Hello from San Jose, CA

.jpg   amy_profile.jpg (Size: 55.93 KB / Downloads: 44)
Hi, all;

I wasn't part of the forum at its previous location. Glad I found it now!

The closest I've come to goat packing is that I used to walk my Boer and grade Nubian does in the woods with my dogs when I lived in Mississippi. I now have a 3-year-old BoerxNubian from my Boer doe who I'd like to start packing with. I was excited to move to San Jose, because I think it's more friendly to this type of thing than the South.

Gidge is kind of skittish because I moved to Atlanta when he was about 4 months old and he wasn't socialized as well as he would have been if I'd been there, so I'd love to have tips on how to make sure he's safe since he weighs twice as much as I do. The above pic was about 6 months after we were reunited, and you can see he's mad at me because I'd been treating him for an ear infection. He'd never willingly hurt me, but when I was first training him to tie, he broke the snaps on the lead I was using (double-ended snapped to an eye bolt).

I think if I put him on a coupler like you'd use for dogs with his mother that may help, but he has a 1-month-old half-brother who is still on her so that might not work at least for a while and leaves the problem of what to do with my grade Nubian, because she won't want to be alone. I am thinking to start him carrying the garbage and recyclables down our driveway to the cans, which is about a half a mile round-trip with a medium grade.

I also am not sure how to identify parks and trails that welcome goats, so any help there would be appreciated.
Welcome home Amy Smile
Pack Goat Prospects For Sale. http://trinitypackgoats.webs.com

S.E. Washington (Benton City)
Welcome! Gidge looks just like my big guy, Basil, I call him my meat goat. They are really strong boys. In our area I think the only places that don't welcome goats on trails is in National Parks, other than that unless the rules state no I would go for it.
Aw, he's so cute! Welcome, welcome, and nice to meet you!

I think channeling Gidge's energy into hauling garbage cans is a great idea. It gives your willful goat something to pull against besides you and may make him feel useful and important. Your other goat will just have to learn how to deal with being left behind sometimes. It's good for them to be able to deal with being separated. Use a halter instead of a collar and Gidge won't be able to pull you around. I had similar issues with my goat, Cuzco, before I got him a halter. With a collar he could pull me over without even trying. That's one reason he made such a great harness goat! He loves to pull against resistance. But the halter controls their head so they can't lean into it like a collar or harness.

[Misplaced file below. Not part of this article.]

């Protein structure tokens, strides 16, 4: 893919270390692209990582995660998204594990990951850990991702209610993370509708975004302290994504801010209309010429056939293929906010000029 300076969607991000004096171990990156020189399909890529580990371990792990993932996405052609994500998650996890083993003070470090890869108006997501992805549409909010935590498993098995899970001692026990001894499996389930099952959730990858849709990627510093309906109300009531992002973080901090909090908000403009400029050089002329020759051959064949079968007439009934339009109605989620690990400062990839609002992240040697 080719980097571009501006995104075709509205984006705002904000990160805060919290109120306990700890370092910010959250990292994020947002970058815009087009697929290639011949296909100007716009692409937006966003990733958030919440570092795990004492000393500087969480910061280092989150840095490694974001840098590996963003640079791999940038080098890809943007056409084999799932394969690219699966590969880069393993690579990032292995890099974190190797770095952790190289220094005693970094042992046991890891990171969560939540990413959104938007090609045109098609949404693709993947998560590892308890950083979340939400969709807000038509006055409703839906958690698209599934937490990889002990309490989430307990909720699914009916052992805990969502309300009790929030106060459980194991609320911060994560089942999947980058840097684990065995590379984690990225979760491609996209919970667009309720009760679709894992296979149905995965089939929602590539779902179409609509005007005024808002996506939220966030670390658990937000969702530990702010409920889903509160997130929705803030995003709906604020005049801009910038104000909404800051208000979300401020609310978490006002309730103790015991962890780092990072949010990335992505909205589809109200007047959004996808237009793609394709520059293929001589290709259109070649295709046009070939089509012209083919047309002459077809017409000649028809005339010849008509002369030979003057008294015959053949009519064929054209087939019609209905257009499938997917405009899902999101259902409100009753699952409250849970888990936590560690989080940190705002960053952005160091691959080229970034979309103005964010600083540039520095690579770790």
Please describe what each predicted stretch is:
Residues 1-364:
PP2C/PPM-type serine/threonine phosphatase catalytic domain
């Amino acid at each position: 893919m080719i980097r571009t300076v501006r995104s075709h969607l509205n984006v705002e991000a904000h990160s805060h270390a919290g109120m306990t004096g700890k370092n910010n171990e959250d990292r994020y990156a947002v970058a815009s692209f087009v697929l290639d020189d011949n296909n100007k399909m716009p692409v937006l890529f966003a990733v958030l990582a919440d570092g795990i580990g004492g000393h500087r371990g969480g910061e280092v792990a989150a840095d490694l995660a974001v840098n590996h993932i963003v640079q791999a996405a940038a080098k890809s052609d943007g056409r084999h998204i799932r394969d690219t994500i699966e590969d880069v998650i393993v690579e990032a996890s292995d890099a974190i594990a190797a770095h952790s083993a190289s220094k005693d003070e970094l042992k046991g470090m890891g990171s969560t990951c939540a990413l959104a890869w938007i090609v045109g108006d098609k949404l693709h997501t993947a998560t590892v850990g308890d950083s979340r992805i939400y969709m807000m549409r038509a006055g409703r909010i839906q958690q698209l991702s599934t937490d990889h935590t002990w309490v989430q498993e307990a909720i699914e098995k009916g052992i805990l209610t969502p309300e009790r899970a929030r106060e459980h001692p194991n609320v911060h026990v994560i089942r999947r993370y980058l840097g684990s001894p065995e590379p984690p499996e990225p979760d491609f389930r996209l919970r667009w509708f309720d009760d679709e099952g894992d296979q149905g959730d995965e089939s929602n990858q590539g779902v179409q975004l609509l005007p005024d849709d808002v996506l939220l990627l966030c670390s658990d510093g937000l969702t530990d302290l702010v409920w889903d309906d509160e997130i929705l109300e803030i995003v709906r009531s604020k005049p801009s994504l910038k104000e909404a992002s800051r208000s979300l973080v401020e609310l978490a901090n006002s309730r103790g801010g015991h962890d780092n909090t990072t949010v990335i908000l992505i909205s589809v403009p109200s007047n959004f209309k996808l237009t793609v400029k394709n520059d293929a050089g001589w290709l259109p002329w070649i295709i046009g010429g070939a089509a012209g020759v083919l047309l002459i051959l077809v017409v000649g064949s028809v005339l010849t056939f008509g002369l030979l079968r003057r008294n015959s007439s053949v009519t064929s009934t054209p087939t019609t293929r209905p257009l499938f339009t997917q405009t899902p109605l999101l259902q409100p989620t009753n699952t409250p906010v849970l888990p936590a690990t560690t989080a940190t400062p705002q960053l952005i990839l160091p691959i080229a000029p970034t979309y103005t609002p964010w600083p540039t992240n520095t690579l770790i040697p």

As for parks and trails that allow goats, I figure if there's no signage saying "NO", then go for it. It's better to ask forgiveness than to ask permission. Wink
I'm actually more worried about what would happen if he gets scared on the trail, like if there's a barking dog or snake or lady in a floppy hat. I don't think he's going to deliberately pull me into a problem unless he spooks. Could he injure himself on a halter?
Your goat is more likely to injure himself if he gets away from you! It would be really hard for him to pull away in a halter since he can't lean his whole weight into it. Also, you eliminate the problem of choking him. My goat, Cuzco, used to strain so badly on the collar that he would make himself hack and cough and I was worried about injuring his throat, particularly if he spooked suddenly or tried to take off when a dog showed up. I wouldn't tie a goat up unsupervised in a halter for very long (for instance, no high lining), but they're great for leading or for tying up while you're handling him. I always tie Cuzco in a halter while clipping, bathing, medicating or anything else that requires more control. I see Gidge has horns, which is a bonus for using a halter. My favorite thing about horns is that they make haltering much simpler since there's no possible way for the goat to slip out of it without breaking the halter. This is a very good reason not to tie him up by it unsupervised, but it makes for a foolproof restraining system if you have a very large goat that doesn't want to cooperate.
Yes, my main concern about whether he could injure himself with a halter is if he got enough speed before he hit the end of the lead that he wrenched his neck. I use a halter on Gidge when I do his hooves, because the time I was away when he was in his adolescence means he's still a pain when I trim his rear hooves. I can do the front ones while he eats.

Symbol makes babies with lovely horns, so I never take the horns off of hers. I feel the horns make them easier to handle (you can really get a steady grip on the head with the horns over your arm when the vet is there). The only time I've felt endangered by horns is when I bought my first wether, who was about 18 months old and had big horns already. I innocently petted his neck with my arm between his neck and his horns. When he turned his head, I learned not to do that!

Forum Jump:

Users browsing this thread: 1 Guest(s)